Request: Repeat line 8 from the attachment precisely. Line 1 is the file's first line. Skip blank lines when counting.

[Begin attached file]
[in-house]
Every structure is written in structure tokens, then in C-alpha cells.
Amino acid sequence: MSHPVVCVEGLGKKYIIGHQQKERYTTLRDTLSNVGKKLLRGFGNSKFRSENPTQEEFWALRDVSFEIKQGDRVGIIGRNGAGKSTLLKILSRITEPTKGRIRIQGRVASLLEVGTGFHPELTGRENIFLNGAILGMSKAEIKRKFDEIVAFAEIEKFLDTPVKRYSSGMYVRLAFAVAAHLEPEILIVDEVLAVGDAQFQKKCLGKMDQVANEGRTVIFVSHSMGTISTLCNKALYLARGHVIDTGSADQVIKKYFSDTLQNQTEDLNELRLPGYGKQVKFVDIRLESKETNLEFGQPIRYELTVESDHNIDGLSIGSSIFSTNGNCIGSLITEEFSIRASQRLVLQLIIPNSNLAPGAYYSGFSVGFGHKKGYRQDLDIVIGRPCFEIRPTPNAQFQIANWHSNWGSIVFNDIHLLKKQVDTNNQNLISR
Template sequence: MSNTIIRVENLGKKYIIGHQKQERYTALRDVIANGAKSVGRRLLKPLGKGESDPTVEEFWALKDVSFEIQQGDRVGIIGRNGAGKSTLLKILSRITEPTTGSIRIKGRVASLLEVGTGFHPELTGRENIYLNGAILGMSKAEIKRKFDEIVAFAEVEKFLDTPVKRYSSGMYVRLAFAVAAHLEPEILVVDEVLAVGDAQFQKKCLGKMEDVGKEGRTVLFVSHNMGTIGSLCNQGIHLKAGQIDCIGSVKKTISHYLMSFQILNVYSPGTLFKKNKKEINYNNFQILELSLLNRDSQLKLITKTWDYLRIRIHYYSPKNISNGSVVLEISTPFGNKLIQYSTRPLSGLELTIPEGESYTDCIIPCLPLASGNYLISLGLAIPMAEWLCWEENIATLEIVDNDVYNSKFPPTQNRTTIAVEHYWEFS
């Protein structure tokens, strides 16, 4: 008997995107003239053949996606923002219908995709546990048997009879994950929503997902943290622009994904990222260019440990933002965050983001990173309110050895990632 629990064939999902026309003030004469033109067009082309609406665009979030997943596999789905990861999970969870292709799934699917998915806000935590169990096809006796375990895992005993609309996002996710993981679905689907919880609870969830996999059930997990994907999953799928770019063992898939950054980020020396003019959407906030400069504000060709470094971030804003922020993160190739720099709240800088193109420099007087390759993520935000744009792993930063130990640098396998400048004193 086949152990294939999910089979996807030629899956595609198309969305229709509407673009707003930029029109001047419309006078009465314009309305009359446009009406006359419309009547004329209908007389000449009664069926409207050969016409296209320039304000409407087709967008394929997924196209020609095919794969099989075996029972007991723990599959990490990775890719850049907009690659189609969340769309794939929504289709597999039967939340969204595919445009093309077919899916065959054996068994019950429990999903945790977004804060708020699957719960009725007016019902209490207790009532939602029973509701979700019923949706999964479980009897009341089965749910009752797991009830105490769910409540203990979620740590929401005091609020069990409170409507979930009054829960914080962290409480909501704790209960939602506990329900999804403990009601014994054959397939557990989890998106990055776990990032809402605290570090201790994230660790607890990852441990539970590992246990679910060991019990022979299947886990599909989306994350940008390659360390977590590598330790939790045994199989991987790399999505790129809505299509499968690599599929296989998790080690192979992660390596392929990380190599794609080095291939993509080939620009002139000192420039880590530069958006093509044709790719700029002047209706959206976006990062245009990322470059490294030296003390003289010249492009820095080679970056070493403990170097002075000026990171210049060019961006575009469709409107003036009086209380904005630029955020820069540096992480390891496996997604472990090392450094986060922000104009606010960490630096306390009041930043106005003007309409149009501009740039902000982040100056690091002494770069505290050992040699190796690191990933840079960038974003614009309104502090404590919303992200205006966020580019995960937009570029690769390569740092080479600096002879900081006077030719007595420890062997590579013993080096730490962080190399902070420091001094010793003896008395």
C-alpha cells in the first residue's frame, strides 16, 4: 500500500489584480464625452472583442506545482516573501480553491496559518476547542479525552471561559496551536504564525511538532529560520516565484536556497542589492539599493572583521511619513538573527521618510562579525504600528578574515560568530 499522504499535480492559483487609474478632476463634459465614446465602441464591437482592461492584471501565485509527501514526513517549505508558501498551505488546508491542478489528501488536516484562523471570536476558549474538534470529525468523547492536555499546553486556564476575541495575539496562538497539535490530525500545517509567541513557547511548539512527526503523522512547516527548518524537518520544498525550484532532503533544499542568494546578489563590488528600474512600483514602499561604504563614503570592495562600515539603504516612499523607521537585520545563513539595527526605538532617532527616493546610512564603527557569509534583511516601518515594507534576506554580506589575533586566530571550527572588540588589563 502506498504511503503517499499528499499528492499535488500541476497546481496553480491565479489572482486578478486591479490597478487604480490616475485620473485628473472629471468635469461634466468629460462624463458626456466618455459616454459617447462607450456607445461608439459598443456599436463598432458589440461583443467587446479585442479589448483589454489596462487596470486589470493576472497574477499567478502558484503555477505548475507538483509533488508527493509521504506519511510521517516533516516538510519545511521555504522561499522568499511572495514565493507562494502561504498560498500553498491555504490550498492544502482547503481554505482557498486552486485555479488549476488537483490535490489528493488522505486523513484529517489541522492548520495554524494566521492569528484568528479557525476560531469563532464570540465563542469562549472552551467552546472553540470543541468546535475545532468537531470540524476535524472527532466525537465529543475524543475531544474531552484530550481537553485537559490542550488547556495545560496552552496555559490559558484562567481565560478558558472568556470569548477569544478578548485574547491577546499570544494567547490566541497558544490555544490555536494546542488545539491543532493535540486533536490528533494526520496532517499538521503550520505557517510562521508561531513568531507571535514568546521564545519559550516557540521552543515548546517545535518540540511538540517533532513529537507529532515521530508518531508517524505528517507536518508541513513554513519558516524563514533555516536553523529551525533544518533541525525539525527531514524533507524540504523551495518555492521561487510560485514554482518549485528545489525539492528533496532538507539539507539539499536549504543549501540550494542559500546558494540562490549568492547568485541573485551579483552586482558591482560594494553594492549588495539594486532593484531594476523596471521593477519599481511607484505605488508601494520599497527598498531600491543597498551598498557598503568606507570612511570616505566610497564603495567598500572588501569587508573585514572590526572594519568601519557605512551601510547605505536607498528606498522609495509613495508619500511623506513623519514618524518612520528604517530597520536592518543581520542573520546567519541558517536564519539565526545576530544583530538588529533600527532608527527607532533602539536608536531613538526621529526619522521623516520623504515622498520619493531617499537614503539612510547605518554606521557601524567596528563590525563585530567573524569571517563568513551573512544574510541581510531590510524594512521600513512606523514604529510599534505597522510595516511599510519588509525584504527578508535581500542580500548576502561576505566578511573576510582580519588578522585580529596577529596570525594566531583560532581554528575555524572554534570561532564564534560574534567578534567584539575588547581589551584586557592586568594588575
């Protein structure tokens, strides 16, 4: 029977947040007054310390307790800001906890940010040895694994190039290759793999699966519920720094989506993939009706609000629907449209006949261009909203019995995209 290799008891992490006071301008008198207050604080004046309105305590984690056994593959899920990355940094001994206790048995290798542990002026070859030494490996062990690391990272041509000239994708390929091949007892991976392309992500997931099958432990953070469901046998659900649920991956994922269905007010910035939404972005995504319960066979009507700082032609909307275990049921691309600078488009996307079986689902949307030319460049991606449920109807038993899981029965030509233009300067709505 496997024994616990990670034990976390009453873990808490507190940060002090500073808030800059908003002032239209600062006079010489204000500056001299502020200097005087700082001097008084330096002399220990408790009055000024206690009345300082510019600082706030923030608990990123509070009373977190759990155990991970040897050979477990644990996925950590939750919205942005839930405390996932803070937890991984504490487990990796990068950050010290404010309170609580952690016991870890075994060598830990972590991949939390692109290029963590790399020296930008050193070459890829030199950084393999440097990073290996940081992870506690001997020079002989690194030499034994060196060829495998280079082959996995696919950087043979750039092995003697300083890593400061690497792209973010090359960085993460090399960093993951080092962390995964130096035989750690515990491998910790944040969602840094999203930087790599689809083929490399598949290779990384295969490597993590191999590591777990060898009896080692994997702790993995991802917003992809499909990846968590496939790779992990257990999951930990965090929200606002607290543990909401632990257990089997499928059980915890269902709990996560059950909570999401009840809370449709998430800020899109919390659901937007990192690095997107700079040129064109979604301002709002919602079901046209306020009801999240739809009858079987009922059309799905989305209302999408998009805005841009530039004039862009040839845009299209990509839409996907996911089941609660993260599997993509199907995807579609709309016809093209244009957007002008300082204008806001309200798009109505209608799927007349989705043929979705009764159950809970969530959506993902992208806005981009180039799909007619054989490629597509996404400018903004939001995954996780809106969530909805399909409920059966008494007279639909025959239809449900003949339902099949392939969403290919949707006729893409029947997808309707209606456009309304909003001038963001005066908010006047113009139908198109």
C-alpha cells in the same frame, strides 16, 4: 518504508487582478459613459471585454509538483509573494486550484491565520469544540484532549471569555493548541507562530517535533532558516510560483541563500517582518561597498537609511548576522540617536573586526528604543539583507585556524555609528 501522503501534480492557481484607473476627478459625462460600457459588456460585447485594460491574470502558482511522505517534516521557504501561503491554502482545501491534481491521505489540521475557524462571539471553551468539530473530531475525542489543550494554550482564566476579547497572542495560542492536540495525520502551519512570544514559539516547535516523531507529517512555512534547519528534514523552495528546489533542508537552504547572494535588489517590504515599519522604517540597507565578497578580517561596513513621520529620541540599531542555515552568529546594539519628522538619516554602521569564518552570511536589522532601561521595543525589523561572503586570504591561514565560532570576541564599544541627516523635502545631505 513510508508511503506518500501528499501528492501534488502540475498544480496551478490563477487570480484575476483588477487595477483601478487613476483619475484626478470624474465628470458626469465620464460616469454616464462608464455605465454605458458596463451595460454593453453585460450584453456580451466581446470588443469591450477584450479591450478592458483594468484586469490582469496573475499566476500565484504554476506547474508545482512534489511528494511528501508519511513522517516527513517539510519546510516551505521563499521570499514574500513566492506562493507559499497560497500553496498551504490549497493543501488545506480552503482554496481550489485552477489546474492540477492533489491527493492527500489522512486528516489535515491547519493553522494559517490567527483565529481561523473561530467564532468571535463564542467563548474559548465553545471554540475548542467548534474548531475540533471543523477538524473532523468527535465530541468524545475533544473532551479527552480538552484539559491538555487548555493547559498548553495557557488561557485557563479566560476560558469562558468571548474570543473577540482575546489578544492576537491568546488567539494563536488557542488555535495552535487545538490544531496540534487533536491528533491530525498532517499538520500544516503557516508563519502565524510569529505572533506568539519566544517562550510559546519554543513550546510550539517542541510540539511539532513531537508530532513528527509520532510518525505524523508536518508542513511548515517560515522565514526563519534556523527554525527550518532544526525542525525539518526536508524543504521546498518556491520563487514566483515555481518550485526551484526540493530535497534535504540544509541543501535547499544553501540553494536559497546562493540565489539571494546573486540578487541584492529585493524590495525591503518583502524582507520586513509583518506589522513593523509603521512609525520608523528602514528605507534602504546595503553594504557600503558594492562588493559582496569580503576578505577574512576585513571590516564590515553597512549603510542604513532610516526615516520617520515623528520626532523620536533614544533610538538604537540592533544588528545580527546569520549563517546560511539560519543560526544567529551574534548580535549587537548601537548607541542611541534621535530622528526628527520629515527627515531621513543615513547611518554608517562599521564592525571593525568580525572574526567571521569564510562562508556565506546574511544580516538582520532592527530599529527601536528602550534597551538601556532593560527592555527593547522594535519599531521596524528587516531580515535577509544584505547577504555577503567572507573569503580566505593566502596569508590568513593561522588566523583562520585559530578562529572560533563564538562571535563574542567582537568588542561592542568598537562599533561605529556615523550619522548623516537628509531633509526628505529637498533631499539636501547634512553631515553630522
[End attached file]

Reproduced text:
C-alpha cells in the same frame, strides 16, 4: 518504508487582478459613459471585454509538483509573494486550484491565520469544540484532549471569555493548541507562530517535533532558516510560483541563500517582518561597498537609511548576522540617536573586526528604543539583507585556524555609528 501522503501534480492557481484607473476627478459625462460600457459588456460585447485594460491574470502558482511522505517534516521557504501561503491554502482545501491534481491521505489540521475557524462571539471553551468539530473530531475525542489543550494554550482564566476579547497572542495560542492536540495525520502551519512570544514559539516547535516523531507529517512555512534547519528534514523552495528546489533542508537552504547572494535588489517590504515599519522604517540597507565578497578580517561596513513621520529620541540599531542555515552568529546594539519628522538619516554602521569564518552570511536589522532601561521595543525589523561572503586570504591561514565560532570576541564599544541627516523635502545631505 513510508508511503506518500501528499501528492501534488502540475498544480496551478490563477487570480484575476483588477487595477483601478487613476483619475484626478470624474465628470458626469465620464460616469454616464462608464455605465454605458458596463451595460454593453453585460450584453456580451466581446470588443469591450477584450479591450478592458483594468484586469490582469496573475499566476500565484504554476506547474508545482512534489511528494511528501508519511513522517516527513517539510519546510516551505521563499521570499514574500513566492506562493507559499497560497500553496498551504490549497493543501488545506480552503482554496481550489485552477489546474492540477492533489491527493492527500489522512486528516489535515491547519493553522494559517490567527483565529481561523473561530467564532468571535463564542467563548474559548465553545471554540475548542467548534474548531475540533471543523477538524473532523468527535465530541468524545475533544473532551479527552480538552484539559491538555487548555493547559498548553495557557488561557485557563479566560476560558469562558468571548474570543473577540482575546489578544492576537491568546488567539494563536488557542488555535495552535487545538490544531496540534487533536491528533491530525498532517499538520500544516503557516508563519502565524510569529505572533506568539519566544517562550510559546519554543513550546510550539517542541510540539511539532513531537508530532513528527509520532510518525505524523508536518508542513511548515517560515522565514526563519534556523527554525527550518532544526525542525525539518526536508524543504521546498518556491520563487514566483515555481518550485526551484526540493530535497534535504540544509541543501535547499544553501540553494536559497546562493540565489539571494546573486540578487541584492529585493524590495525591503518583502524582507520586513509583518506589522513593523509603521512609525520608523528602514528605507534602504546595503553594504557600503558594492562588493559582496569580503576578505577574512576585513571590516564590515553597512549603510542604513532610516526615516520617520515623528520626532523620536533614544533610538538604537540592533544588528545580527546569520549563517546560511539560519543560526544567529551574534548580535549587537548601537548607541542611541534621535530622528526628527520629515527627515531621513543615513547611518554608517562599521564592525571593525568580525572574526567571521569564510562562508556565506546574511544580516538582520532592527530599529527601536528602550534597551538601556532593560527592555527593547522594535519599531521596524528587516531580515535577509544584505547577504555577503567572507573569503580566505593566502596569508590568513593561522588566523583562520585559530578562529572560533563564538562571535563574542567582537568588542561592542568598537562599533561605529556615523550619522548623516537628509531633509526628505529637498533631499539636501547634512553631515553630522